Silverstone took a ‘proactive’ approach to Covid control. Tickets were sold on the condition that full vaccination or evidence of a negative test for those over 11 years old were a condition of entry. Interestingly, the NHS vaccination card (rather than the App certificate) did not suffice and those who tried to use this were directed to leave the queue and take a lateral flow test (LFT). There are no trains to Silverstone; everyone drives. The vaccination and test checks were mostly done off site, for example, at the park and ride facilities. Wrist bands were issued to those checked. Testing for Covid and then for tickets sequentially meant that queues were no longer than they would be anyway. Throwing a protective ring around the event meant that once inside it was like walking into a parallel universe where Covid never happened. There was not a mask in sight, no signs, no social distancing just a few bins of free hand sanitizer on entry which were quickly emptied. Whilst it took a few moments to get used to, it was clear that no one was the least bit bothered. Anyone could choose to wear a mask, but none were in evidence. The logic is clear. If everyone is vaccinated or tested, then there is very little chance of the virus entering the event area in the first place so everyone feels safe. As a consequence, the atmosphere was happy and relaxed. A crowd can turn ugly, violent or panic within a moment, but Covid cannot spontaneously appear if you do not let it in past the gate.

F1 fans are not all petrol head maniacs, careless of risk and nonchalant about the rules. True followers care very much about rules. Non F1 fans might be surprised by the crowd profile which it would be accurate to describe as family groups of all ages, some with disabilities, albeit with a large subgroup of ‘dads and lads’. Ticket prices ranged from £100 for general access for a day without a grandstand seat, to £600 for the best seats which still got you nowhere near any kind of fancy hospitality. These were people who clearly understood the risks and made a very conscious decision for themselves to attend. Given the price tag most were well within the current fully vaccinated population. For this year at least, there was the added risk suppressor of the ‘pingdemic’. Anyone with several hundred pounds of investment in a ticket would be naturally careful about mixing in the days leading up to the event for fear of being ‘pinged’. Many actually self-isolated before the event to make sure of not getting caught out. The same will be true for many types of events this summer.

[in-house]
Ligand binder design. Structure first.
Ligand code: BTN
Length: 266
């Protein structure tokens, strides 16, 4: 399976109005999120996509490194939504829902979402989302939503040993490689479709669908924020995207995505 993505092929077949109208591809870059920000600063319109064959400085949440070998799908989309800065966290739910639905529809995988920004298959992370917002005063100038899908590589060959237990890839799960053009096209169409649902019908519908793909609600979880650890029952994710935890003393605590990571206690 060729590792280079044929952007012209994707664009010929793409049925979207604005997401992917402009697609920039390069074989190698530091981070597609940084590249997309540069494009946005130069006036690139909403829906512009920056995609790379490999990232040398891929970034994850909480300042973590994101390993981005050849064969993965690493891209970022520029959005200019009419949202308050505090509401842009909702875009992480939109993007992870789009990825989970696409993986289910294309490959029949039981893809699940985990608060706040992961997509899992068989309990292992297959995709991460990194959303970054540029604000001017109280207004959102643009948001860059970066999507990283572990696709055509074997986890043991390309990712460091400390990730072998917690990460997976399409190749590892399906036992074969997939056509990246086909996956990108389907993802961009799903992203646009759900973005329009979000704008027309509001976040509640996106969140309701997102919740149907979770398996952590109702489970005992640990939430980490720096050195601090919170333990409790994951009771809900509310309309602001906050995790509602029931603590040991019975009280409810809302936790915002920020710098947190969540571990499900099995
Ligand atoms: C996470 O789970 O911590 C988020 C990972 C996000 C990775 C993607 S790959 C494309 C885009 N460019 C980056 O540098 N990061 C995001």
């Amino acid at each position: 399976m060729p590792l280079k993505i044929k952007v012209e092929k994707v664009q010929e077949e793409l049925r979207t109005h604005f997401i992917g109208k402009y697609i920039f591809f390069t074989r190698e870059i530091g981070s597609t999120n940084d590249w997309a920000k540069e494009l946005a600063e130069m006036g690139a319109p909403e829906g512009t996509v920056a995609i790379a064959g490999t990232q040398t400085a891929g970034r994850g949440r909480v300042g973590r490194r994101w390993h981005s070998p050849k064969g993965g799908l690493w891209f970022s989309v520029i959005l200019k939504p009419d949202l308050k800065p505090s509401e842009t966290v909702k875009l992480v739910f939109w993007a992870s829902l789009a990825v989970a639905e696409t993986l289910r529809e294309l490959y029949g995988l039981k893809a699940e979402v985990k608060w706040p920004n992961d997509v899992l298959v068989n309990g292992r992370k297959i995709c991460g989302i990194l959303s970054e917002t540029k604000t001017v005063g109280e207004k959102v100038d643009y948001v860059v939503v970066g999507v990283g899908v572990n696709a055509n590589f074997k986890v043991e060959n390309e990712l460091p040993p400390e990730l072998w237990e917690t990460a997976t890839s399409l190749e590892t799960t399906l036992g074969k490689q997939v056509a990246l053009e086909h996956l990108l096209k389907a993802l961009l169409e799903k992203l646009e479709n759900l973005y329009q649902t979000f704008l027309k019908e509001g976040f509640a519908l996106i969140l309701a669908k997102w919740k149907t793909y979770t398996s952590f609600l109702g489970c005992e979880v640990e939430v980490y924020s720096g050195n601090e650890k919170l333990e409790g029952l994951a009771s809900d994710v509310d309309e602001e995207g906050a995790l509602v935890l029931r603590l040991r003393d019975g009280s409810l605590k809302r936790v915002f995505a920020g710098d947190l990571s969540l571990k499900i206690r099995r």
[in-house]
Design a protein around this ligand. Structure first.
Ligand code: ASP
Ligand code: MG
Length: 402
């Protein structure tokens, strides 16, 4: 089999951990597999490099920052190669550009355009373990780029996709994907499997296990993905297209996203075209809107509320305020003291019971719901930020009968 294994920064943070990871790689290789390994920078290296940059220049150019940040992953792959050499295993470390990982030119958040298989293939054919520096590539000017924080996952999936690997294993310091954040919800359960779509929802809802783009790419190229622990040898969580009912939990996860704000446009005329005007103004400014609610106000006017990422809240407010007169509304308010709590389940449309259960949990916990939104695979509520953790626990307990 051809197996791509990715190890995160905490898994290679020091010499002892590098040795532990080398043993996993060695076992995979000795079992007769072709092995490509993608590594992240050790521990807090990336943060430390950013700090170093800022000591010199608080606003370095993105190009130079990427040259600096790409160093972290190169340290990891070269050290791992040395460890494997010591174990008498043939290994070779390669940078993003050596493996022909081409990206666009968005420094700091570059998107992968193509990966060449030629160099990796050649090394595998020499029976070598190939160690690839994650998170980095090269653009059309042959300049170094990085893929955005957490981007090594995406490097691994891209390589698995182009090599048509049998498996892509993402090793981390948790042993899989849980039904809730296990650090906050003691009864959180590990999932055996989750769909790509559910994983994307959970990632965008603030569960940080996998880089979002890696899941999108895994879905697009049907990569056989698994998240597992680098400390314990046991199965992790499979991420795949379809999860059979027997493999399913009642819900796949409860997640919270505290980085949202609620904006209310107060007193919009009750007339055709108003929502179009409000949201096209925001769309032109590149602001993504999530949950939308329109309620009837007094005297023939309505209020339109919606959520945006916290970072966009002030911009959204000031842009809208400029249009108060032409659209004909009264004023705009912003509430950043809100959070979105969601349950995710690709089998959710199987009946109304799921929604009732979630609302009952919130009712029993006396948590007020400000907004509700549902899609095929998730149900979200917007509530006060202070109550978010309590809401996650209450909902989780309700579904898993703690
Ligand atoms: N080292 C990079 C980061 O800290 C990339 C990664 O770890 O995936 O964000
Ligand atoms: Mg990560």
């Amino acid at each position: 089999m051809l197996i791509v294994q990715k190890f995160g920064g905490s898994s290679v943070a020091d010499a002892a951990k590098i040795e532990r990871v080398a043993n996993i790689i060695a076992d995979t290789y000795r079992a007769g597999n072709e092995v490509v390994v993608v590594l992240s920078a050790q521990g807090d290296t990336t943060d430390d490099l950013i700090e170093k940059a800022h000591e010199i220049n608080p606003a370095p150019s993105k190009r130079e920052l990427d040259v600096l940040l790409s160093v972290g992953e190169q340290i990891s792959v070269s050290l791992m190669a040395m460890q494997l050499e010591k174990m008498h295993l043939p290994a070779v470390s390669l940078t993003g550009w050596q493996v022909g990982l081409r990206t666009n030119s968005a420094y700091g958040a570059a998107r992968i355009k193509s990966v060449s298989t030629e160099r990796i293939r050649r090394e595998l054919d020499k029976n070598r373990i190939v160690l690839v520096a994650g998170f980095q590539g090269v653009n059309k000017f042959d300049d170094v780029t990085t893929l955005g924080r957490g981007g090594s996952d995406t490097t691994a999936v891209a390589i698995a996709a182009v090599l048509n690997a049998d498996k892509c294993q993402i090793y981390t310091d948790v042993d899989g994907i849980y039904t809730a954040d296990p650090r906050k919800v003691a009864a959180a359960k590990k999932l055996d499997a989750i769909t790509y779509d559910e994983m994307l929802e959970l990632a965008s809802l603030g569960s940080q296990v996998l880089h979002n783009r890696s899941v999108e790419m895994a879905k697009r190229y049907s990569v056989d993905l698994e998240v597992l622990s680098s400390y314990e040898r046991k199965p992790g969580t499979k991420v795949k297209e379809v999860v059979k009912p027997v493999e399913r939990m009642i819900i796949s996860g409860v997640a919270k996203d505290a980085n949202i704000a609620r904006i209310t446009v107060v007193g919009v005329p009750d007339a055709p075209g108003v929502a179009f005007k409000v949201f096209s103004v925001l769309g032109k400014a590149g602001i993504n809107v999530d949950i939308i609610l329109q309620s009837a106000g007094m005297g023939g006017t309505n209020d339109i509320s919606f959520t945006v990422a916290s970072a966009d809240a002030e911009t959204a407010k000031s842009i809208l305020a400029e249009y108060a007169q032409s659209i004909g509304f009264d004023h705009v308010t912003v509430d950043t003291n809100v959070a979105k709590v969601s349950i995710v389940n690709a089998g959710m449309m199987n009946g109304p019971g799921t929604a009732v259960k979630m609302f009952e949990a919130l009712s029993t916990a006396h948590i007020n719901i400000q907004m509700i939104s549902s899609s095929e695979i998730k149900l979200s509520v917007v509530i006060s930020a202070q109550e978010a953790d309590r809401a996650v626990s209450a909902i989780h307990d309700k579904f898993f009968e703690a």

The risk also needs to be put into context of the style of the event. This was primarily an outdoor summer event where the risk of transmission was very low which most people understand. Whilst it cannot be relied upon in the UK, the UV in the summer sunlight will destroy the virus as it does for many pathogenic organisms. The race days were crowded, but Silverstone has plenty of room and no one needed to be bunched together as would be found in a mosh pit at a festival. If you wanted to get close the action, then social distancing was not possible but there was plenty of space for anyone that wanted it. Much has been made of the number of spectators at this and other events. At most events, especially seated events, visitors attend in pairs or larger groups. There were only three track events where the stands were packed. For the father and son combo or young couple (the most prevalent visitor combo) each probably sat next to or in front of no more than half a dozen different people for the whole weekend all of it in open stands. The total number of visitors in this context is almost irrelevant, therefore. Close contact in crowds was fleeting and it was observable in queues that people seem to have developed the habit of giving others a bit more space.